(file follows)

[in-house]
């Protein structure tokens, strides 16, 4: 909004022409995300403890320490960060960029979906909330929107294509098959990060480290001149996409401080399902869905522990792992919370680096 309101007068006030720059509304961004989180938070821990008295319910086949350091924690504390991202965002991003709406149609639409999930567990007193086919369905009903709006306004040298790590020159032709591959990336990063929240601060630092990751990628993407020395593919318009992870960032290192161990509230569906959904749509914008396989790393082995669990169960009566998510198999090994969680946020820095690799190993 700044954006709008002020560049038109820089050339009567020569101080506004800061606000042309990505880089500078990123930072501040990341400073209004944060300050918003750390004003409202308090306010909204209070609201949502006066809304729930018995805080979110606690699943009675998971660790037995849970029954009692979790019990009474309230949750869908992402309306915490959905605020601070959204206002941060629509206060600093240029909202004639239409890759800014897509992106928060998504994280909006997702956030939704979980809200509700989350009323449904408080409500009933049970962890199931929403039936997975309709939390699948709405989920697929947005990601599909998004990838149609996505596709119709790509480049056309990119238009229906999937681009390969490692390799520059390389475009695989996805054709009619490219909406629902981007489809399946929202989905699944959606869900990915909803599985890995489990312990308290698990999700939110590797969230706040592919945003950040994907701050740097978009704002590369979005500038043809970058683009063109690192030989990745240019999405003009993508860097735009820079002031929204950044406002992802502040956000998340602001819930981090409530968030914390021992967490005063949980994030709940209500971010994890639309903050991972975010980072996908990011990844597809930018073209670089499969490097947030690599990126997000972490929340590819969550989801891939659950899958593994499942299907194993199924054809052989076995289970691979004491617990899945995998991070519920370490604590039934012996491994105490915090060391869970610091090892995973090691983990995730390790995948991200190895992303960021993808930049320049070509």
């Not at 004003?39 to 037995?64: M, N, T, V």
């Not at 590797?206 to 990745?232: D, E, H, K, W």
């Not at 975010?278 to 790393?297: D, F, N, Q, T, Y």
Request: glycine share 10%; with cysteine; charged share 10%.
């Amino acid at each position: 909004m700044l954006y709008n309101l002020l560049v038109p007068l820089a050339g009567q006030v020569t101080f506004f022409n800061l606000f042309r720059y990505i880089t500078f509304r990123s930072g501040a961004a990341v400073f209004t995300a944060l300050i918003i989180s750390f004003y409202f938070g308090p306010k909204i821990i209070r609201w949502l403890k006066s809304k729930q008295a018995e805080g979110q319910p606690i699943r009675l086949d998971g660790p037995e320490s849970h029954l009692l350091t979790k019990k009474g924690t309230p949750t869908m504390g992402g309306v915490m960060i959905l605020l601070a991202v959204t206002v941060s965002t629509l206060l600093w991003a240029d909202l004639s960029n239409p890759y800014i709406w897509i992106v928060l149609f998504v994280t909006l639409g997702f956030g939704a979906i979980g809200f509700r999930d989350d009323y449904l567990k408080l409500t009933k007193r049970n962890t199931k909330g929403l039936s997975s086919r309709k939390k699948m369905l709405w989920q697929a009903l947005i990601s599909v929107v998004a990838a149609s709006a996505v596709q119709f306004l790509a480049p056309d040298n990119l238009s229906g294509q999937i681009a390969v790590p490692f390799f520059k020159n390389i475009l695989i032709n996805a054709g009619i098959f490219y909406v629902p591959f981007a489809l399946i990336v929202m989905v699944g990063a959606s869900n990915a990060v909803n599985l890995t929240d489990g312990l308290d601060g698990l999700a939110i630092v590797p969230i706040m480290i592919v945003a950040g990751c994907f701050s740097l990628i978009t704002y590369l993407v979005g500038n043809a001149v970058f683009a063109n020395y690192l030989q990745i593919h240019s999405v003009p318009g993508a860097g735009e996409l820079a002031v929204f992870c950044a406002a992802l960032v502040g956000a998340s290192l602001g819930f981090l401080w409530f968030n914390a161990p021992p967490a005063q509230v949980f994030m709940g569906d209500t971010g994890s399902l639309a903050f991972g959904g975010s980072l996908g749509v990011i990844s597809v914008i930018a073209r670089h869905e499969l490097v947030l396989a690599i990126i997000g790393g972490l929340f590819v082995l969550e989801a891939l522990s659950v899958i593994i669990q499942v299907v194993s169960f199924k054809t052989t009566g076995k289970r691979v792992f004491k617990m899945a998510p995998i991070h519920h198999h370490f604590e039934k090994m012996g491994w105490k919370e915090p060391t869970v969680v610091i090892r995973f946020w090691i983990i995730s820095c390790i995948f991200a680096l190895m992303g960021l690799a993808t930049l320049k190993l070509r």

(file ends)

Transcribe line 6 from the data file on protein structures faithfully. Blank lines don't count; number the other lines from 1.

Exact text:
Request: glycine share 10%; with cysteine; charged share 10%.